During the early 20th Century, quantitative work was seen to be feminine and qualitative work required the rigour of a man – things have changed in perceptions, haven’t they! The women’s work was grunt work: calculating, microscopy. Then there’s men’s work: designing and analysing. The Wars of the 20th Century changed this by removing men and women stepping into the roles of men. Notably, women were stereotyped as being better coders in this role because of their computer background. Coding was clerical, performed by a woman under the direction of a male supervisor. This became male typed over time. As programming became more developed over the 50s and 60s and the perception of it as a dark art started to form a culture of asociality. Random hiring processes started to hurt female participation, because if you are hiring anyone then (quitting the speaker) if you could hire a man, why hire a woman? (Sound of grinding teeth from across the auditorium as we’re all being reminded of stupid thinking, presented very well for our examination by Elizabeth.)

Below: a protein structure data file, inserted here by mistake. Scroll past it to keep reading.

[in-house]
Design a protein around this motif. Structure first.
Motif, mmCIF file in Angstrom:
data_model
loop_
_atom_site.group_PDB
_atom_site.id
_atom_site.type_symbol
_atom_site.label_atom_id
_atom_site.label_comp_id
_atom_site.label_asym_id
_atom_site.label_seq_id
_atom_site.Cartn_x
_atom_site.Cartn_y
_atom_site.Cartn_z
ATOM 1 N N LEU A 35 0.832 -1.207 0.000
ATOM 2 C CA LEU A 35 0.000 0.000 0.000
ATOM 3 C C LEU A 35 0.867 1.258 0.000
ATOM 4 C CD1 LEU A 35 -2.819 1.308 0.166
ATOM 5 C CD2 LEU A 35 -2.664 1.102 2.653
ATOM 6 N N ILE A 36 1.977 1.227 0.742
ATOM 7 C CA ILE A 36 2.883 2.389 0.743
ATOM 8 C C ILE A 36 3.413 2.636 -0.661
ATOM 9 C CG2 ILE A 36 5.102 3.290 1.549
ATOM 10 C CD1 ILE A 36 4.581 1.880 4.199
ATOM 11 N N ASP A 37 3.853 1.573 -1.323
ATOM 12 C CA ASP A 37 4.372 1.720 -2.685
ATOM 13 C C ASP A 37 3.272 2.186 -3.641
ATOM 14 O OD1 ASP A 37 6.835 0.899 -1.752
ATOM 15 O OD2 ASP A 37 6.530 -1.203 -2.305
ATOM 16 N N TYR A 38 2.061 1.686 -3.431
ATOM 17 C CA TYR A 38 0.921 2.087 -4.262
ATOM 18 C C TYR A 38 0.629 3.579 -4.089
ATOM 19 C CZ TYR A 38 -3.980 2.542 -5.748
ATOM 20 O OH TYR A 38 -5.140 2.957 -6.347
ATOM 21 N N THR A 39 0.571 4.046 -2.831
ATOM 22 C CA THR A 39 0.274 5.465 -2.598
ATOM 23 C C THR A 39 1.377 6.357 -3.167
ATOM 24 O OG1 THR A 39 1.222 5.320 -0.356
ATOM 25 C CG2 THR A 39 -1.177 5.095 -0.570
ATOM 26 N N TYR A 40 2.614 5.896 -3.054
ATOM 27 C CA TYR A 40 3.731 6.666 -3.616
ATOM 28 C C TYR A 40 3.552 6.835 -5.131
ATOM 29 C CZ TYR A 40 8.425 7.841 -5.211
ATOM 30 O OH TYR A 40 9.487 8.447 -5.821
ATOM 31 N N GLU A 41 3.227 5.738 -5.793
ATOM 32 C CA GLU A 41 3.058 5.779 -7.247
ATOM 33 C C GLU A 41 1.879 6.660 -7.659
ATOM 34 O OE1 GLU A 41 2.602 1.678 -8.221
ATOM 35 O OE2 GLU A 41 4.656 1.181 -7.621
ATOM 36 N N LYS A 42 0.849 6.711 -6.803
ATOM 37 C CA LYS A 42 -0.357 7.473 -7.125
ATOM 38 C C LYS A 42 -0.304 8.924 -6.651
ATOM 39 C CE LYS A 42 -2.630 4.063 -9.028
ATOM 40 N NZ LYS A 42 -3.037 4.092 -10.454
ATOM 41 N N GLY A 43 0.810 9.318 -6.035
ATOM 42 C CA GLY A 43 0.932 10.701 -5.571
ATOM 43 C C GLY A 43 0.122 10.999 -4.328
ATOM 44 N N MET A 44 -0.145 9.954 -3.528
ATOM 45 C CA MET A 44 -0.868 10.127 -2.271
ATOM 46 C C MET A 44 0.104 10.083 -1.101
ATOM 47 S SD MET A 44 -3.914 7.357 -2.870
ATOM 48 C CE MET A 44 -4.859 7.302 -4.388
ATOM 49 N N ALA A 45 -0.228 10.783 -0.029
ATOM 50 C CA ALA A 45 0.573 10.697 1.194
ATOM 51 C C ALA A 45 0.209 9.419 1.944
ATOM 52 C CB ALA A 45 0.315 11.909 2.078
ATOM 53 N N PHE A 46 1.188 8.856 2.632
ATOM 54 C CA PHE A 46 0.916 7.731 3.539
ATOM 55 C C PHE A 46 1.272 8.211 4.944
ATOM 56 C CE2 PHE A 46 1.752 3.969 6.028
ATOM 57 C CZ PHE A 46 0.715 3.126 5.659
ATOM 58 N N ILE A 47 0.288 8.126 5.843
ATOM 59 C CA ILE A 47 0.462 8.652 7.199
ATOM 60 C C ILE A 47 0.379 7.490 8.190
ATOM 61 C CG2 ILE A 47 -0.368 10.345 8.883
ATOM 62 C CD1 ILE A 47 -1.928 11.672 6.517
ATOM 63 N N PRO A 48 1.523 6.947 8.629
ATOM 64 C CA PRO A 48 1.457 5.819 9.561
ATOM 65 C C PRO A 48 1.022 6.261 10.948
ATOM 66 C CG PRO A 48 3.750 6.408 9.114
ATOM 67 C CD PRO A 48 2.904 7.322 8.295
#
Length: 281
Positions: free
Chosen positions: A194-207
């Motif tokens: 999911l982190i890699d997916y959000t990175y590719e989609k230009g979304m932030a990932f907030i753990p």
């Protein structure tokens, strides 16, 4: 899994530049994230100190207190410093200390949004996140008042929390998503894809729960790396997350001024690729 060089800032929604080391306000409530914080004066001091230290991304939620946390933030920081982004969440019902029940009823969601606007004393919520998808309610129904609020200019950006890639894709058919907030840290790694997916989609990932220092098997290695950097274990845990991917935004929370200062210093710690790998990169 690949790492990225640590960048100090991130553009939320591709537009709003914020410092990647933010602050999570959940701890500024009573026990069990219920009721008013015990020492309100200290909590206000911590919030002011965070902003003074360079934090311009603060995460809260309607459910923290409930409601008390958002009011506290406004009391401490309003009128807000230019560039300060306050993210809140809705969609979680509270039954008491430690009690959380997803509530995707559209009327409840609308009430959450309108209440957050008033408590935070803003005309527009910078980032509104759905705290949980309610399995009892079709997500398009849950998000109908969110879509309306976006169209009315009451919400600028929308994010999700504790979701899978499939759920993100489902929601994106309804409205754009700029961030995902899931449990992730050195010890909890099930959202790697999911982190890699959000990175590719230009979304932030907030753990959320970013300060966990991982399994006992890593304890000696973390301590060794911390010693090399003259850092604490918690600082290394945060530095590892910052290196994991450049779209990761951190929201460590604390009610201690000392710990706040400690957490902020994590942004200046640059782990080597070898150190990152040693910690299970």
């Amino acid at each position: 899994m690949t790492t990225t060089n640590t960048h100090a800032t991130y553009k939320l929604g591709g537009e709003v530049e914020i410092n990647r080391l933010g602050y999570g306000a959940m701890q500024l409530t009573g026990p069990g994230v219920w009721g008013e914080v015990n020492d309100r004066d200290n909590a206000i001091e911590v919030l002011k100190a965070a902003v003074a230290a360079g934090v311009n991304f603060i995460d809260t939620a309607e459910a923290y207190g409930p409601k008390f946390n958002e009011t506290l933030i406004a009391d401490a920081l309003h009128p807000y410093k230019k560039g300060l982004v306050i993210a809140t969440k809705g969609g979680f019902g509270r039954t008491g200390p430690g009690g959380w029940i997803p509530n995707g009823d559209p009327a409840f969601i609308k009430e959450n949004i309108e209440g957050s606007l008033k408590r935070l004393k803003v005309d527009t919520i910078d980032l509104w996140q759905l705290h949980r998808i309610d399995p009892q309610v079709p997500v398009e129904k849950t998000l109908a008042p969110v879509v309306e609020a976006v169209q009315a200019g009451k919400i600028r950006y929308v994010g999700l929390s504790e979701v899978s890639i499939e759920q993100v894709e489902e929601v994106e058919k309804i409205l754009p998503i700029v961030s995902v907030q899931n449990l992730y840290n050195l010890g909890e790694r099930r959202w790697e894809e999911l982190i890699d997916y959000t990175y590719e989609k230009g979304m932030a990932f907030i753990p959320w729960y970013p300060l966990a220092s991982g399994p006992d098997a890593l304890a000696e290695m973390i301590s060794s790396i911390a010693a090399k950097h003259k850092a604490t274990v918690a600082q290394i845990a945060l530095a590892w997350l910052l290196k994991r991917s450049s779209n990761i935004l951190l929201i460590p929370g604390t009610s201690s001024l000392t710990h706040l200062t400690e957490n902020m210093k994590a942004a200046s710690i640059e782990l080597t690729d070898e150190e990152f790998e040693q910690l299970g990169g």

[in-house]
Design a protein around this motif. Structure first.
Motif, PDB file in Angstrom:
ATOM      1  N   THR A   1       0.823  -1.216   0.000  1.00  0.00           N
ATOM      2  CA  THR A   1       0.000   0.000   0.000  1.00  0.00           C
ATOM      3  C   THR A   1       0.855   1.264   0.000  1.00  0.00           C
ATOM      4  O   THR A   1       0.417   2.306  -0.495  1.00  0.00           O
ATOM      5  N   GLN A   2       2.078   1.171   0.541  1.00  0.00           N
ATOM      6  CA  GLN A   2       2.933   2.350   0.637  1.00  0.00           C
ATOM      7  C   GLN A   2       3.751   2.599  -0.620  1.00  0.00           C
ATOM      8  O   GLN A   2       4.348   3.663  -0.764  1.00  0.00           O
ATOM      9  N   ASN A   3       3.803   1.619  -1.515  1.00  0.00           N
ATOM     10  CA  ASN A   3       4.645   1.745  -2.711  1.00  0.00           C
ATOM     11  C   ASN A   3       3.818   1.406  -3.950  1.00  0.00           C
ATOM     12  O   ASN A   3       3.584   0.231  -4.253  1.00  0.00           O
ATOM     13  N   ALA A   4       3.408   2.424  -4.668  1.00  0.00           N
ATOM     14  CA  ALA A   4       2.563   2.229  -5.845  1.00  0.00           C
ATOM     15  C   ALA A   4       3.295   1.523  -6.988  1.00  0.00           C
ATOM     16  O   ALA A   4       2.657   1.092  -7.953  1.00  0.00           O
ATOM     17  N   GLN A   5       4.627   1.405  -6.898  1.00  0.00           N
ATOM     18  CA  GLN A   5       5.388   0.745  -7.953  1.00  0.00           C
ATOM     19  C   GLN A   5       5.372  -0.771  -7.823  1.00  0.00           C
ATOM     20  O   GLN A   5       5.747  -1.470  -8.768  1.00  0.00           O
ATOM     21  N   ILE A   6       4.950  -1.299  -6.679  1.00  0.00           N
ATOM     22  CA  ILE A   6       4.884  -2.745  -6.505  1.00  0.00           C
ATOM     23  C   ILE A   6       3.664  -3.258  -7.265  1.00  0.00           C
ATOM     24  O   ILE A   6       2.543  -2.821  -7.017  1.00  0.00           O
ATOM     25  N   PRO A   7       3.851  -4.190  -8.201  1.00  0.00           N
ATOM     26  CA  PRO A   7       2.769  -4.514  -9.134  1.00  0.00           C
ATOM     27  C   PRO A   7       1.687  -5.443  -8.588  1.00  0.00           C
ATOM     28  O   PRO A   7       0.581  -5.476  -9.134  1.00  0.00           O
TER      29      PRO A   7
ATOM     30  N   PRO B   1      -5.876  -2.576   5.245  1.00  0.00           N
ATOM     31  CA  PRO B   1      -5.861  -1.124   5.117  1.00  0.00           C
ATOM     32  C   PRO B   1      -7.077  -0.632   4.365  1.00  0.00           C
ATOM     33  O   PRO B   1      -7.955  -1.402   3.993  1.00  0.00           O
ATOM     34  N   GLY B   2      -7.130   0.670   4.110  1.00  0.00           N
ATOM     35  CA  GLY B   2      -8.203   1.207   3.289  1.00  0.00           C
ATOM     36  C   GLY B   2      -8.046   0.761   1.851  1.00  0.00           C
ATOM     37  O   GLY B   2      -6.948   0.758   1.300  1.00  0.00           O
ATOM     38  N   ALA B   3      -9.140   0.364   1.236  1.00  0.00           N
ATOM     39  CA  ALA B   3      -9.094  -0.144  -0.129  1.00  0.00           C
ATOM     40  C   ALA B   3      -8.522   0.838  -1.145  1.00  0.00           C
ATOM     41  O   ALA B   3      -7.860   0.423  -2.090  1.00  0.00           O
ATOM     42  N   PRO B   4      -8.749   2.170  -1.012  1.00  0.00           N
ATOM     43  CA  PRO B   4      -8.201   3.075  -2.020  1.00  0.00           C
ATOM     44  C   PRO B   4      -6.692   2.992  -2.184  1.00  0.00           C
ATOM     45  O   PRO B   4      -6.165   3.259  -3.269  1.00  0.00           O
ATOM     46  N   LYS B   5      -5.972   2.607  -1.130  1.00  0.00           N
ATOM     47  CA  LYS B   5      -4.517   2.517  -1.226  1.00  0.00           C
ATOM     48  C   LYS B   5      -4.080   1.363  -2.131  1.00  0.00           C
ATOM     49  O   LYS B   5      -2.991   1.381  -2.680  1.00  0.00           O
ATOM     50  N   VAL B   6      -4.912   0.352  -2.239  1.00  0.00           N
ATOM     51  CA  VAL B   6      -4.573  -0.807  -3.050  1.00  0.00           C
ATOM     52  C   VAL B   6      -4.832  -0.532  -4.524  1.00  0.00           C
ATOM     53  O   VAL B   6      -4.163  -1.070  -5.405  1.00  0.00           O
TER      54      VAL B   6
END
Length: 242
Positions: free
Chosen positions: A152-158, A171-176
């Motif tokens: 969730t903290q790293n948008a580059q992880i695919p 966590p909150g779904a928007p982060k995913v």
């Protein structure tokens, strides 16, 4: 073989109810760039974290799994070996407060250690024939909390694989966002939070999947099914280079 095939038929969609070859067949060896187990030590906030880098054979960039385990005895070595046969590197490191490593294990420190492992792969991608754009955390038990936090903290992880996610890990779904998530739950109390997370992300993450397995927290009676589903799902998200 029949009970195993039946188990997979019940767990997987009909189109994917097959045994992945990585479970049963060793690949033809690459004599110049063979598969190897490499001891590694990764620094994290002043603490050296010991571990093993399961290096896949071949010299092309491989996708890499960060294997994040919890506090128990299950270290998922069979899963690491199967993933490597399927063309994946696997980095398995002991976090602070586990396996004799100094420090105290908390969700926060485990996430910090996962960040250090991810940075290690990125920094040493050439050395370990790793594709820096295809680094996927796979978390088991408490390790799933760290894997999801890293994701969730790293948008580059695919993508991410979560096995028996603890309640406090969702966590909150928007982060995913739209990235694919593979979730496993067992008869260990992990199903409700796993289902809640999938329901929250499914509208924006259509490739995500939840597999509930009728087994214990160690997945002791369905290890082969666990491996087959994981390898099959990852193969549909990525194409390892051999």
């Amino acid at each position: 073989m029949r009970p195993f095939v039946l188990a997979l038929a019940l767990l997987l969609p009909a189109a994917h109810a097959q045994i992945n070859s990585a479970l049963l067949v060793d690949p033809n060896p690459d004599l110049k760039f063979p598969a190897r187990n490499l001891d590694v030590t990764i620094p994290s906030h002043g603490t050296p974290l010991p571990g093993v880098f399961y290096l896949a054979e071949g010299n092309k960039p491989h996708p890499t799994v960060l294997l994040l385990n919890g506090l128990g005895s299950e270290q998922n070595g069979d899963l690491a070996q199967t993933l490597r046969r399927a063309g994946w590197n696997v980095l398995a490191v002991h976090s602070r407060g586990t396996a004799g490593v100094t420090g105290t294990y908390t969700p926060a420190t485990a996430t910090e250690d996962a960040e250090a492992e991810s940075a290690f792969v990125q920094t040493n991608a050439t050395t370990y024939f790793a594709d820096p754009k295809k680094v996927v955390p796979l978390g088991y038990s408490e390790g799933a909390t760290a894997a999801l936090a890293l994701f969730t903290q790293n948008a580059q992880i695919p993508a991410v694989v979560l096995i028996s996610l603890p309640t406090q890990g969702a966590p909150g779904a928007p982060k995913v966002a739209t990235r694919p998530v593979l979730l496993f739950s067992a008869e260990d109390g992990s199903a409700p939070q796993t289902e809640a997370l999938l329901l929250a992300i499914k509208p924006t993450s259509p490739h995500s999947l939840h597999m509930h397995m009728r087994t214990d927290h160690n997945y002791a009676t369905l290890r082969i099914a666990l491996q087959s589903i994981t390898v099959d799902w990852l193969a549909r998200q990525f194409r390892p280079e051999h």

CS itself stared being taught elsewhere but became its own school-discipline in the 60s and 70s, with enrolment and graduation of women matching that of physics very closely. The development of the PC and its adoption in the 80s changed CS enrolments in the 80s and CS1 became a weeder course to keep the ‘under qualified’ from going on to further studies in Computer Science. This then led to fewer non-traditional CS students, especially women, as simple changes like requiring mathematics immediately restricted people without full access to high quality education at school level.